The Cheyenne Indians: Their History and Their Ways of Life is a classic ethnography, originally published in 1928, that grew out of George Bird Grinnell's long acquaintance with the Cheyennes. In Volume I he wrote about the tribe's early history and migrations, customs, domestic life, social organization, hunting, amusements, and government. Volume II looks at its warmaking and warrior societies, healing practices and responses to European diseases, religious beliefs and rituals, and legends and prophecies surrounding the culture hero Sweet Medicine. Included are appendixes on early Cheyenne village sites, the formation of the Quilling Society, and notes on Cheyenne songs.
George Bird Grinnell was a zoologist by training and an anthropologist by inclination. He accompanied Custer's Black Hills expedition as a naturalist in 1874 and from that time until his death in 1938 was closely associated with the Cheyennes and other Plains tribes. Other books by Grinnell available in Bison Book editions are Blackfoot Lodge Tales, Pawnee Hero Stories and Folk-Tales, By Cheyenne Campfires, and The Punishment of the Stingy and Other Indian Stories.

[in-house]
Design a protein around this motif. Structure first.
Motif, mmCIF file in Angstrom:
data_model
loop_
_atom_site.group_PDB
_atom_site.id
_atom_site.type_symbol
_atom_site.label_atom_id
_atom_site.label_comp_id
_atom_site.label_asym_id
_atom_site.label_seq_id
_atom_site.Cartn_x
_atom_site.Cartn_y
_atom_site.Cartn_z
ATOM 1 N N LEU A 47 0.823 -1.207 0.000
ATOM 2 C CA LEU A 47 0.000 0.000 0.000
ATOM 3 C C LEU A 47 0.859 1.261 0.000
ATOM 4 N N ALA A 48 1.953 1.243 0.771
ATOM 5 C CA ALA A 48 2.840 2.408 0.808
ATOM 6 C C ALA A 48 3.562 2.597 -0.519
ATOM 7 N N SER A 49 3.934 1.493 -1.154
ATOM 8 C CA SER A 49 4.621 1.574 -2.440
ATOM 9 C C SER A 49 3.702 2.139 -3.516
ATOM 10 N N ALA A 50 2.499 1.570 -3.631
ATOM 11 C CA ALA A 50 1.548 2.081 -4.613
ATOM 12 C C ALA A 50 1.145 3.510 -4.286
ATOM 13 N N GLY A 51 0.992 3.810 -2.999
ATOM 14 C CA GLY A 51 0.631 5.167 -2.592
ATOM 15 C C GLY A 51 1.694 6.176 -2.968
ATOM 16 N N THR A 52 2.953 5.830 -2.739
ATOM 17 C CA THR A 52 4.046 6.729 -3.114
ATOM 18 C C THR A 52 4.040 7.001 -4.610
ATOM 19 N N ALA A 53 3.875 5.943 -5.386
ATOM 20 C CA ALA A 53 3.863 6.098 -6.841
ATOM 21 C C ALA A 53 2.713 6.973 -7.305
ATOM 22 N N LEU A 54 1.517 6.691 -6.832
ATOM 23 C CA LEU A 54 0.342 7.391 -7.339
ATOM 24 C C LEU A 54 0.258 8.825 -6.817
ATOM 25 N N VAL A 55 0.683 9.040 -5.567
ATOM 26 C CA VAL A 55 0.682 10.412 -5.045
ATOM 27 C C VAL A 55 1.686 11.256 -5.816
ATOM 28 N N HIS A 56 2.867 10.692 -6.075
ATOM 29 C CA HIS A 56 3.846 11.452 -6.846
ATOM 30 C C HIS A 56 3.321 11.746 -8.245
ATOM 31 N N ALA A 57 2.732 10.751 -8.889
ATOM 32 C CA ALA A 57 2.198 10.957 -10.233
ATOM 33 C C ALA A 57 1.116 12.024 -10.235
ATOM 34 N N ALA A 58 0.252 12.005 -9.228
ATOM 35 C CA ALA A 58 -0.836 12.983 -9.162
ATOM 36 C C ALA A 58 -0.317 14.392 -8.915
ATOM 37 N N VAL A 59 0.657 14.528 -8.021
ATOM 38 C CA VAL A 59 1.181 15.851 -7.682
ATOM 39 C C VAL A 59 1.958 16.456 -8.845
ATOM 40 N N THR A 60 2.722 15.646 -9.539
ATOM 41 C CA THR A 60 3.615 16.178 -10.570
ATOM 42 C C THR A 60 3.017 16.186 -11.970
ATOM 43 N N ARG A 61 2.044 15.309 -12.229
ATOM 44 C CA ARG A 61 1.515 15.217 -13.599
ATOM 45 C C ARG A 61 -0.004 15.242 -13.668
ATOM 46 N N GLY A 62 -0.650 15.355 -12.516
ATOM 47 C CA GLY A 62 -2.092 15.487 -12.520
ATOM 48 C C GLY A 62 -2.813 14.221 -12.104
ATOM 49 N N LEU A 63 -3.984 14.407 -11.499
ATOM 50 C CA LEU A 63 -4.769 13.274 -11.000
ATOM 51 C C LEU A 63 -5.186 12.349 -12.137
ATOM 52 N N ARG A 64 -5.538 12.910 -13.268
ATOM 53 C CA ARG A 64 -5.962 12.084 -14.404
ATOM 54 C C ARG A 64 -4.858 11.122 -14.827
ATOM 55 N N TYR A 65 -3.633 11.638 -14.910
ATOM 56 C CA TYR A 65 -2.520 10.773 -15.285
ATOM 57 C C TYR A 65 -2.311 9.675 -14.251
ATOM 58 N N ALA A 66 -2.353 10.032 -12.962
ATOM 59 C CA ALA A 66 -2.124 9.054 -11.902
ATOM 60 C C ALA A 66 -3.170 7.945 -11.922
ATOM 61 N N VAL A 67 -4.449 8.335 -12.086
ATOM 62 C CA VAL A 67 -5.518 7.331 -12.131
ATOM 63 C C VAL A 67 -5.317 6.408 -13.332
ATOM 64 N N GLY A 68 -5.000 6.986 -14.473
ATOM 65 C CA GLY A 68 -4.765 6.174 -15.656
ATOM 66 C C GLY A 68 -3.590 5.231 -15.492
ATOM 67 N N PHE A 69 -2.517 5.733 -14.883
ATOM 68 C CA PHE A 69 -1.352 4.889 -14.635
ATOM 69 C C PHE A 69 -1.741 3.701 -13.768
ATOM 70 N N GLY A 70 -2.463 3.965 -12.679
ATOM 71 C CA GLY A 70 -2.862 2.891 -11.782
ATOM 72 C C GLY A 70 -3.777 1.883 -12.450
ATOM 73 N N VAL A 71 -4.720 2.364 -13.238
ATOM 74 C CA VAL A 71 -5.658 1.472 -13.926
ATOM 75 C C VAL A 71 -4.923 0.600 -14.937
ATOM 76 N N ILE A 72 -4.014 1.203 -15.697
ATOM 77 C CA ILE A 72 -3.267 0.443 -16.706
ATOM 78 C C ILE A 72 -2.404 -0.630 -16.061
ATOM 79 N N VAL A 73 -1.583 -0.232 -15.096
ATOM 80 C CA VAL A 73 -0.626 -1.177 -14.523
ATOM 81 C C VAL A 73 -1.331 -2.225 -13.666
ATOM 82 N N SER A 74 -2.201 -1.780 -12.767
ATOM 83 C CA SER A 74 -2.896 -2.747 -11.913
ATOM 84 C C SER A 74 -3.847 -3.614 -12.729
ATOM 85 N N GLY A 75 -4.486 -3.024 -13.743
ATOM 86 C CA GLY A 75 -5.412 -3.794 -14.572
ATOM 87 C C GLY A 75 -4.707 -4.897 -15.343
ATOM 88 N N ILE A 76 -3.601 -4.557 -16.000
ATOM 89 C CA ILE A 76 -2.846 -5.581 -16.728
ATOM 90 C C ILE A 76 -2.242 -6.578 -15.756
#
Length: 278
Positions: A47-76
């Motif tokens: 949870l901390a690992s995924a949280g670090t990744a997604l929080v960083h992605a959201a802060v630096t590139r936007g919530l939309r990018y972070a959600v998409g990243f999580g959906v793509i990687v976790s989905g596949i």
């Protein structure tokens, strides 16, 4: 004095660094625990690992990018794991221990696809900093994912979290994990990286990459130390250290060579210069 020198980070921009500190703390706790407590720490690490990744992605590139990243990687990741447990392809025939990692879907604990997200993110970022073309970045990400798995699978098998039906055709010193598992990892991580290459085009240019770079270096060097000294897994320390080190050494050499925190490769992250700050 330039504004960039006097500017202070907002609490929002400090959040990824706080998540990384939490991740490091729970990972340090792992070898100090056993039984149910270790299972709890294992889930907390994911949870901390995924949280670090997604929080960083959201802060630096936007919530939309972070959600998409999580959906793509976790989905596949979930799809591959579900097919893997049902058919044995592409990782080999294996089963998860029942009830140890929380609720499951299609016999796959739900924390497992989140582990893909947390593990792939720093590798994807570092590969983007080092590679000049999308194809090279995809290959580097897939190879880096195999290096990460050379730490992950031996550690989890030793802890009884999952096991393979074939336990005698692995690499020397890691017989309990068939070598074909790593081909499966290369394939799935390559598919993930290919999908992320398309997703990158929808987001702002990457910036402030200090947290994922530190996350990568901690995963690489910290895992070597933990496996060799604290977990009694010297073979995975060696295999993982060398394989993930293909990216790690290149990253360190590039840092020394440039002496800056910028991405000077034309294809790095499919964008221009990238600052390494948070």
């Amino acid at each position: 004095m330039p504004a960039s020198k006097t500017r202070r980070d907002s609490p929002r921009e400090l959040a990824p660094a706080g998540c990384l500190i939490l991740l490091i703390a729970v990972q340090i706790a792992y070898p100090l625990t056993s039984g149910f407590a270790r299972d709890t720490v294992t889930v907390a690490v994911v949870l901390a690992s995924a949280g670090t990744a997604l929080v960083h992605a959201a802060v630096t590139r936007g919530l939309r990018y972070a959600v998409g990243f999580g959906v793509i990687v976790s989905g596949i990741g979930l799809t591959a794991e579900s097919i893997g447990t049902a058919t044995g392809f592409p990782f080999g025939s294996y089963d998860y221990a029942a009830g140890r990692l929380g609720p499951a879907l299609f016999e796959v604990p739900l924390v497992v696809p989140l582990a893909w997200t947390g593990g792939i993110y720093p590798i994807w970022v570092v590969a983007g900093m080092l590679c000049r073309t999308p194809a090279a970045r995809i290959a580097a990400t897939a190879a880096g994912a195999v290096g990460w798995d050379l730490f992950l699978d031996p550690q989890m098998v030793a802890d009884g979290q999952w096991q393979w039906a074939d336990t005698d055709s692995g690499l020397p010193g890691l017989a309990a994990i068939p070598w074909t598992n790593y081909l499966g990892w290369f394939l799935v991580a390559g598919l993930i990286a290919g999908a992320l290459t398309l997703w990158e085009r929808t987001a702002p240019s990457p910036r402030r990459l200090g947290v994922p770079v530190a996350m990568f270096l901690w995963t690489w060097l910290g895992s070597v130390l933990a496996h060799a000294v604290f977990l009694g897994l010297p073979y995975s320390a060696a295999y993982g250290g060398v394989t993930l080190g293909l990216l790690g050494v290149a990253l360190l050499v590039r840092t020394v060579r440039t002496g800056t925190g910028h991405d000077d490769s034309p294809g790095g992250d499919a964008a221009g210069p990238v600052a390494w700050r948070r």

"The value of such a work as Mr. Grinnell has produced can hardly be overstated."—New York Times
"Grinnell was an entertaining and able writer . . . in this case he was also a scientific reporter of ways of life that he supposed would soon be forever lost."—Westerners Brand Book
"A marvelous source book for customs, lore, history, personalities, and manner of speech of this tribe."—Roundup
"Drawing upon the thoughts and actions of individual Cheyennes, Grinnell manages to reconstruct a highly readable account of their culture."—Journal of the American Academy of Religion